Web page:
According to Klein’s object relations theory the breast is the first object of desire. The child needs to understand that the breast is attached to a person and doesn’t exist for his pleasure, alone. However, all future pleasure will be measured against that first breast. “These lips have nought to do with milk, De Vere. You won’t find your mother’s breast in my mouth.” Sara’s not interested in lactophilia or becoming a mother figure. Breastfeeding doesn’t turn her on. Sara’s advice to the young man – both Herbert and De Vere: “Don’t forget – everything that comes from a woman’s mouth is hollow. Only milk can be trusted – but, come damn it – my milk is gone!’ This woman is losing her son. This woman is aging.
I think about mothers and sons a lot. Perhaps that’s why I am drawn to this poem. I have two sons. I won’t have any more children (I sprung a coil into my uterus as soon as Sid was born). My sister tells me that mothers with sons (and no daughters) are deranged – unbalanced. We over-attach. Sara had a daughter – was therefore, more rational than me. I, with my two sons, will turn into my mother-in-law. No-one will be good enough for my boys. I don’t want to be the mad mother who clings to her babies – scared that another woman will displace me from the centre of their lives. I suspect that I already am that mother – glimpsed in the second stanza of this poem.
Sara’s “bloomless desart” contrasts with the “banks where roses grow.” The mouth of the woman is barren when the boy gives love and expects love in return. I’m reminded that a woman has two mouths. Two sets of lips. Her words cannot nourish. Her vagina cannot either. Sara is emphasising sterility. Let’s read the poem again, looking at that other set of lips speaking to a young lover from beneath her skirt. From inside her pants – “Thou may’st suck and suck again,/ But the lip, though soft it be,/ Is no fount of milk for thee.” No young beau can extract cyprine – quintessence – from Sara’s vagina. Maybe this mucky reading takes the poem a step too far, but Sara wasn’t a buttoned up Victorian daughter. She was the daughter of STC.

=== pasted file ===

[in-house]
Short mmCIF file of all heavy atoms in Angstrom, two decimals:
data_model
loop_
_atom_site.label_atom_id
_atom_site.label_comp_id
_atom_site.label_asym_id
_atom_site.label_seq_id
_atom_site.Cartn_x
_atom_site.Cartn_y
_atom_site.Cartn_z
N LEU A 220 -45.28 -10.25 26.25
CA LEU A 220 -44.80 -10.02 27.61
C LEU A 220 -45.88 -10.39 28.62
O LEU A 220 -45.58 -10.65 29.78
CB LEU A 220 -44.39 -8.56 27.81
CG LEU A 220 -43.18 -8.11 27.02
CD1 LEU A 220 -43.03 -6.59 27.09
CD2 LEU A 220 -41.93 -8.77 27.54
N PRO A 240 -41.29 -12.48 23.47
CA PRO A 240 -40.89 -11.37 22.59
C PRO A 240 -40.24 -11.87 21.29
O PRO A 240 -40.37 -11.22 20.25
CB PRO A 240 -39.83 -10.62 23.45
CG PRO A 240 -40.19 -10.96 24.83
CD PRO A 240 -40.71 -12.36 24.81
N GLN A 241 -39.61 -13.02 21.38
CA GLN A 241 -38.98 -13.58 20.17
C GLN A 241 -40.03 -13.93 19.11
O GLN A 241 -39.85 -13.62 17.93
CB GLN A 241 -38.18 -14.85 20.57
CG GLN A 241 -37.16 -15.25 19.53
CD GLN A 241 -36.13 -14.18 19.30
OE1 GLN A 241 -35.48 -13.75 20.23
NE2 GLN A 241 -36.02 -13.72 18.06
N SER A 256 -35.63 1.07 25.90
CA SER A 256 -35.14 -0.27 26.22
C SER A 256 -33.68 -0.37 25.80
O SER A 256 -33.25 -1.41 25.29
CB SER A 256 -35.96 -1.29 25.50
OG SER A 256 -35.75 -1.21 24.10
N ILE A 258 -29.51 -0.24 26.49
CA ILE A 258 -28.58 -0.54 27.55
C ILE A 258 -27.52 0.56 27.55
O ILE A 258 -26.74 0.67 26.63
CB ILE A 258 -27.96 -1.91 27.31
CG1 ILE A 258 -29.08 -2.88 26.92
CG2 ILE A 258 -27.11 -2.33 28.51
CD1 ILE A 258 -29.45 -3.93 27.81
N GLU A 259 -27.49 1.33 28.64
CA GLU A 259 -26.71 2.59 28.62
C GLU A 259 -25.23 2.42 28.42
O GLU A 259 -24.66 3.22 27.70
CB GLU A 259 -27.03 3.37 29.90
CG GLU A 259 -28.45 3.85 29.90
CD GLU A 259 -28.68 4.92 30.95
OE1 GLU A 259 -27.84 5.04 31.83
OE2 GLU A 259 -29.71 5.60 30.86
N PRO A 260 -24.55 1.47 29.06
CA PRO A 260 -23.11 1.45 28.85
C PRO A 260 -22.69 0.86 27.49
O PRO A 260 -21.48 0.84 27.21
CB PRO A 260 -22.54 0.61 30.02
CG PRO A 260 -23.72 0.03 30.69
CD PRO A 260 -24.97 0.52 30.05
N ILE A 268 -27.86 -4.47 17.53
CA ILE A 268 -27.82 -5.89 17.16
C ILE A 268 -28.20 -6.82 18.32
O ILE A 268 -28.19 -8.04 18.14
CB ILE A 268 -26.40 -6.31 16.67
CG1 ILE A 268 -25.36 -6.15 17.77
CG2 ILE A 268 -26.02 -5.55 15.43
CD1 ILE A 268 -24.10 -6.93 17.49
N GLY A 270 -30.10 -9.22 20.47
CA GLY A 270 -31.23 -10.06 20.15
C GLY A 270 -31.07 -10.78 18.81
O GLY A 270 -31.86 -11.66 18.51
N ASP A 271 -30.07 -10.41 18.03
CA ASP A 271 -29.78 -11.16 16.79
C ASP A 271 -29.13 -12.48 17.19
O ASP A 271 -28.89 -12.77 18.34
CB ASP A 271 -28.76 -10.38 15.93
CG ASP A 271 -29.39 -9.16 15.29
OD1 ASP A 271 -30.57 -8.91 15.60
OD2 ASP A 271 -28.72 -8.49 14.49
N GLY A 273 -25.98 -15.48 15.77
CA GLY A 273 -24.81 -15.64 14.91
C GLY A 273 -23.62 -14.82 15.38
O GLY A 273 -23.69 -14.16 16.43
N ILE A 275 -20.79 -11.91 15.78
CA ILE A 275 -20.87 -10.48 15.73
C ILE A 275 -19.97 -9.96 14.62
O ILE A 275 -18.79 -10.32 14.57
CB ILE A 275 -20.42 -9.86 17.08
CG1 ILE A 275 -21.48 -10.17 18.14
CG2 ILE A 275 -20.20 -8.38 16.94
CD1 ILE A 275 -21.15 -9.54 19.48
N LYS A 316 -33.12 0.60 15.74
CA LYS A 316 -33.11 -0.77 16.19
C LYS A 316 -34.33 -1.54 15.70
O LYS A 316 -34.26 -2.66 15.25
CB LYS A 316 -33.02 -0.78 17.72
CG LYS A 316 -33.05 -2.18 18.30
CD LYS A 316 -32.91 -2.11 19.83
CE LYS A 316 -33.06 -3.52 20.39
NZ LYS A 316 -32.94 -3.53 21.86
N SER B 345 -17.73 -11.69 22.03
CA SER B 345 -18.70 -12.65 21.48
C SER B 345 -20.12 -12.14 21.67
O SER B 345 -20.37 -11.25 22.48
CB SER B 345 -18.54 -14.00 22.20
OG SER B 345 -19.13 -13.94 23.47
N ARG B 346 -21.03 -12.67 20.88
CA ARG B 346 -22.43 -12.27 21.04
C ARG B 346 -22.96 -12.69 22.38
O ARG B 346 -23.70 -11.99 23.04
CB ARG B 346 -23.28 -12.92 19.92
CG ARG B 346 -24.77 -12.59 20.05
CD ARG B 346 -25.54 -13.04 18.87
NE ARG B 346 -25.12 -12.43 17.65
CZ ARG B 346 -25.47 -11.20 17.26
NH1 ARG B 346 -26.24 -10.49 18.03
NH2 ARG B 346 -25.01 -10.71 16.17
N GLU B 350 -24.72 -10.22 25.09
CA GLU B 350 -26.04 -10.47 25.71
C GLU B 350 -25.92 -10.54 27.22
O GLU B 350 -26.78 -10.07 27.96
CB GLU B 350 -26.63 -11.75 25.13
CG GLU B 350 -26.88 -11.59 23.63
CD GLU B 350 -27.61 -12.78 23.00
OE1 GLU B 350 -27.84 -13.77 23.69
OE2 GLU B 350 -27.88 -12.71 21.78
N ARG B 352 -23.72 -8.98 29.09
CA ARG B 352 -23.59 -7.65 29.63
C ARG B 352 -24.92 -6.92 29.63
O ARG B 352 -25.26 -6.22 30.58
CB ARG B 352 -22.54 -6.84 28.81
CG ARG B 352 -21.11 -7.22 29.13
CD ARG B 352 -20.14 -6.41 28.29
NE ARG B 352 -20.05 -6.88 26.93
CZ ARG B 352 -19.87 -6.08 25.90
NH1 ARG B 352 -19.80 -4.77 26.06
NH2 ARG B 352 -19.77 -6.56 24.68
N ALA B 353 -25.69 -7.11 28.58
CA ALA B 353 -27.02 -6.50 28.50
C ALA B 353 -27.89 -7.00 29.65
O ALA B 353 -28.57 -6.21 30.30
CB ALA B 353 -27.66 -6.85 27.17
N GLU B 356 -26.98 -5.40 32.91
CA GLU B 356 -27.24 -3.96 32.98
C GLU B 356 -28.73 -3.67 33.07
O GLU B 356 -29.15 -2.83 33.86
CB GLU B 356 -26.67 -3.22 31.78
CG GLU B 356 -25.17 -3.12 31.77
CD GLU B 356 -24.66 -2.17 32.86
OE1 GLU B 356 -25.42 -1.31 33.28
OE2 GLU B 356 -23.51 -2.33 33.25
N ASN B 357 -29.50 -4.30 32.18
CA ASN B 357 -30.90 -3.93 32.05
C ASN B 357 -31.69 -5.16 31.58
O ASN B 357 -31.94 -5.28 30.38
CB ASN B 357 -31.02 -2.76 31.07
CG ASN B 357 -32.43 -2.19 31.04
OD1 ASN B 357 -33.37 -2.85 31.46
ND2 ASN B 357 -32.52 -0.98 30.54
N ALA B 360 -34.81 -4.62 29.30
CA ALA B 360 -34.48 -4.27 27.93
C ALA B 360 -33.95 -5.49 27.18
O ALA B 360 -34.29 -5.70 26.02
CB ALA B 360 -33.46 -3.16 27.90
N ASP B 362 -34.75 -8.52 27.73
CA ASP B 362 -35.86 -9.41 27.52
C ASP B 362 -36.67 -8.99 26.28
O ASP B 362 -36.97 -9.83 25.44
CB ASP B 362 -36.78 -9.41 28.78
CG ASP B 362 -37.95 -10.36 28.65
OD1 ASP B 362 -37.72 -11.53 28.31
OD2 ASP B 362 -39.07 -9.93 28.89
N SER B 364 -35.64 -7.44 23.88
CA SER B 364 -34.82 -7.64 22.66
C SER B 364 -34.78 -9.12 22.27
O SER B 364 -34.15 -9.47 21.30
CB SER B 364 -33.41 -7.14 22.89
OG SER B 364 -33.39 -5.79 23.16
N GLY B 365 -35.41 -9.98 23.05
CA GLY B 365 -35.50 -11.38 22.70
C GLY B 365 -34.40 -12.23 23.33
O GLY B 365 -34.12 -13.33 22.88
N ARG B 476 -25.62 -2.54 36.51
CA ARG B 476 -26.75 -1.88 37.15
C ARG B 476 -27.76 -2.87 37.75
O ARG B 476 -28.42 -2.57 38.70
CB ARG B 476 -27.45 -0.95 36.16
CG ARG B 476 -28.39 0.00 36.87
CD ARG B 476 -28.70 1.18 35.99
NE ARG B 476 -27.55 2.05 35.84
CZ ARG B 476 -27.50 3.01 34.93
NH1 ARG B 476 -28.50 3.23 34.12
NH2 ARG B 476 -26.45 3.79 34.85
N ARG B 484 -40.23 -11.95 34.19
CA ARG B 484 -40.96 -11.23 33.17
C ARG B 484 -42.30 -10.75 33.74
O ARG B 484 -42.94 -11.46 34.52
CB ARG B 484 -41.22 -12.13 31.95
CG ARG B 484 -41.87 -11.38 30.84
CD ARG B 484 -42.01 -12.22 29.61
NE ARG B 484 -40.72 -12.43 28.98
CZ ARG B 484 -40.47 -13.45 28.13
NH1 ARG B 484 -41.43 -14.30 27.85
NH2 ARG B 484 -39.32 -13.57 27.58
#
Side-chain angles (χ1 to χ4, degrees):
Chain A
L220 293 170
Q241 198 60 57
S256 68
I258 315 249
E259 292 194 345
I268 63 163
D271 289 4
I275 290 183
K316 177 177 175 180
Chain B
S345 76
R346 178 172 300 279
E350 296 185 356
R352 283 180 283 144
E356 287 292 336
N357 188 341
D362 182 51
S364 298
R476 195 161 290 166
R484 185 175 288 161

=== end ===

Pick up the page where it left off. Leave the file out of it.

There are some of my Father’s Poems which, though racy and energetic, are not drawing roomy. I would not call them, or any part of them, coarse, for this is to stigmatize them, which I would not do; for I consider them within the allowable range of a man’s pen, and can hardly think it is to be decided that nothing is to be written and printed which it could not be good manners to read aloud in mixed company. The exceeding fastidiousness of the present age, one part of it at least, is more a sign of effeminacy and luxurious delicacy than of purity, as it seems to me.39